A root canal involves removing infected or damaged tissue (called pulp). To do this, your dentist will use a small drill to make a hole in your tooth, remove the infected tissue, and then disinfect and shape the void (canal) that remains. Once the canal has been cleaned and shaped your dentist will fill it with a natural, rubber-like material called gutta-percha, sealing the canal and keeping it free of bacteria. The tooth is then sealed, either temporarily or permanently, with a crown.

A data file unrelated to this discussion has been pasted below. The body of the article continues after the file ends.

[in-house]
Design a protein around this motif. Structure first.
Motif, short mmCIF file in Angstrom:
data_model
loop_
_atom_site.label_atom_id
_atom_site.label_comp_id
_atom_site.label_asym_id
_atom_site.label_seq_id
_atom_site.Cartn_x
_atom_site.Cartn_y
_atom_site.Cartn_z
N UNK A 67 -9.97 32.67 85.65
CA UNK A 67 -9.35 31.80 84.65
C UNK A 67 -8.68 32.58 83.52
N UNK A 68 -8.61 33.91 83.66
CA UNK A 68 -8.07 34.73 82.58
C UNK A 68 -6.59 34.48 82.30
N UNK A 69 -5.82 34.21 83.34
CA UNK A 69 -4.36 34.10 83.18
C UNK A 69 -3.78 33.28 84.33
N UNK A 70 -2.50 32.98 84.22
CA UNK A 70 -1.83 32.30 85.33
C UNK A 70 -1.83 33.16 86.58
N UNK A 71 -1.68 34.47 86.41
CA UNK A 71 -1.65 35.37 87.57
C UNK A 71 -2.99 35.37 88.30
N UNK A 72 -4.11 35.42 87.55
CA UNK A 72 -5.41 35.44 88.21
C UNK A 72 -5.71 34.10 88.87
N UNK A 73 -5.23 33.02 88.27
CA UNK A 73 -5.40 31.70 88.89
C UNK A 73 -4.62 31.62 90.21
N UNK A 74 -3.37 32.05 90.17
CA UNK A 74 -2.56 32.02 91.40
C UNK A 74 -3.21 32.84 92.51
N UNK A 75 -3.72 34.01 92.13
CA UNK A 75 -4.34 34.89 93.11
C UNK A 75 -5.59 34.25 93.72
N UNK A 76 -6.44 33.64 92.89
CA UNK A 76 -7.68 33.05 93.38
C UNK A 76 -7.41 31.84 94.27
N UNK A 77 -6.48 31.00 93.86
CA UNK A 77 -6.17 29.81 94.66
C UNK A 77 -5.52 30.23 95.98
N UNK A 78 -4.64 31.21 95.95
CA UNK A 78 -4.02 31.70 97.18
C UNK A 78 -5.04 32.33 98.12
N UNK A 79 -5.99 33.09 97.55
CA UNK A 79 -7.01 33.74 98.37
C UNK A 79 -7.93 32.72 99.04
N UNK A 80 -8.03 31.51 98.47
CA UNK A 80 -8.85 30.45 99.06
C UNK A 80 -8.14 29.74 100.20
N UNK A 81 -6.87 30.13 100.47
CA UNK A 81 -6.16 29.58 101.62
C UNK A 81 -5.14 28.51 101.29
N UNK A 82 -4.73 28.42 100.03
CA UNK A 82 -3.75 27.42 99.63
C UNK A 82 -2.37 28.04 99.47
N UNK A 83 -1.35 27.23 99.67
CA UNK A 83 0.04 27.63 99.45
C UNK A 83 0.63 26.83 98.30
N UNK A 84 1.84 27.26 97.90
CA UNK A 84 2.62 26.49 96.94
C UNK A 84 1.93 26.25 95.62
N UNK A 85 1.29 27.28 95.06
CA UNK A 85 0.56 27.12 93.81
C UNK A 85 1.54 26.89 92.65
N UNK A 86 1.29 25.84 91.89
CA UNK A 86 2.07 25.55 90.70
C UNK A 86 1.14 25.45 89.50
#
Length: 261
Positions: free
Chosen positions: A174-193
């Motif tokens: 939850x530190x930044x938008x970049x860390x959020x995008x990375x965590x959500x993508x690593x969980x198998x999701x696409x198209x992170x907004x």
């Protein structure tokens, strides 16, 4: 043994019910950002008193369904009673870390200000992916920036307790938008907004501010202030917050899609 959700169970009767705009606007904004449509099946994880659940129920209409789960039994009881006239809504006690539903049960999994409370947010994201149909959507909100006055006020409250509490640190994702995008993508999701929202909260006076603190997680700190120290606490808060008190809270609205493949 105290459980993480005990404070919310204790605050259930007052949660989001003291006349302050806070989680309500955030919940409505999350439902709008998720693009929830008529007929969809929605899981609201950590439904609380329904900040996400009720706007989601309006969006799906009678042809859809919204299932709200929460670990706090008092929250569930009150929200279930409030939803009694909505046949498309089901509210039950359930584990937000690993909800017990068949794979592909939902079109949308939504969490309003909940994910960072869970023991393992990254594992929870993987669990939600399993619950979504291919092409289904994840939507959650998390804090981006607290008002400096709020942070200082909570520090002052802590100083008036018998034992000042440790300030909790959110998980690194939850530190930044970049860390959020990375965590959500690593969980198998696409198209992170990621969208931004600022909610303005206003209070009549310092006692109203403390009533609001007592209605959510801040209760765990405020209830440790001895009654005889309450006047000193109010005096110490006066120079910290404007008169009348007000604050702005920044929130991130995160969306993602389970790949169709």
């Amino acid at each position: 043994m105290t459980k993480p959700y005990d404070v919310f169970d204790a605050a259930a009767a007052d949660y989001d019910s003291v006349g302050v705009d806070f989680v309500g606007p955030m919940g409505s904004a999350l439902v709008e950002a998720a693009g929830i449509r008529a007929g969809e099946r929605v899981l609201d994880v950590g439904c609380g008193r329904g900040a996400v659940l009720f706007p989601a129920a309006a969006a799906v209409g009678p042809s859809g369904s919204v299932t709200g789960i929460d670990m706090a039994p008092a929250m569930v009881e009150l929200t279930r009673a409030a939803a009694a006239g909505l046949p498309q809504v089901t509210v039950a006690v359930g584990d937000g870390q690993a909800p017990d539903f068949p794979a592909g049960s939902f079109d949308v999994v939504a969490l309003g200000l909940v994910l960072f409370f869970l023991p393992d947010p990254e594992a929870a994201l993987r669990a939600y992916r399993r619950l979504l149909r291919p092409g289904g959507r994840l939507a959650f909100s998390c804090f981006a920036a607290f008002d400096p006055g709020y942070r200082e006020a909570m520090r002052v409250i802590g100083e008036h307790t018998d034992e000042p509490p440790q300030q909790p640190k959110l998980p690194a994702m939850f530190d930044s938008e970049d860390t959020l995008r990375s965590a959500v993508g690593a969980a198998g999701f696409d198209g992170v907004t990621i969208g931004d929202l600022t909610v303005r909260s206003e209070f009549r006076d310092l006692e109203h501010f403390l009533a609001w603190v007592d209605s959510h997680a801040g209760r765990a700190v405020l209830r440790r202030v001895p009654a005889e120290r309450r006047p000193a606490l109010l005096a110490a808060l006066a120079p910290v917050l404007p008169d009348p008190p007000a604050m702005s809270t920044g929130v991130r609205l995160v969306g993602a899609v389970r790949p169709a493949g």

If your dentist fits you with a temporary crown, you must return for your follow up visit and receive your permanent crown. Temporary crowns are not designed to withstand long term wear and tear, and a damaged crown leaves your tooth vulnerable to reinfection.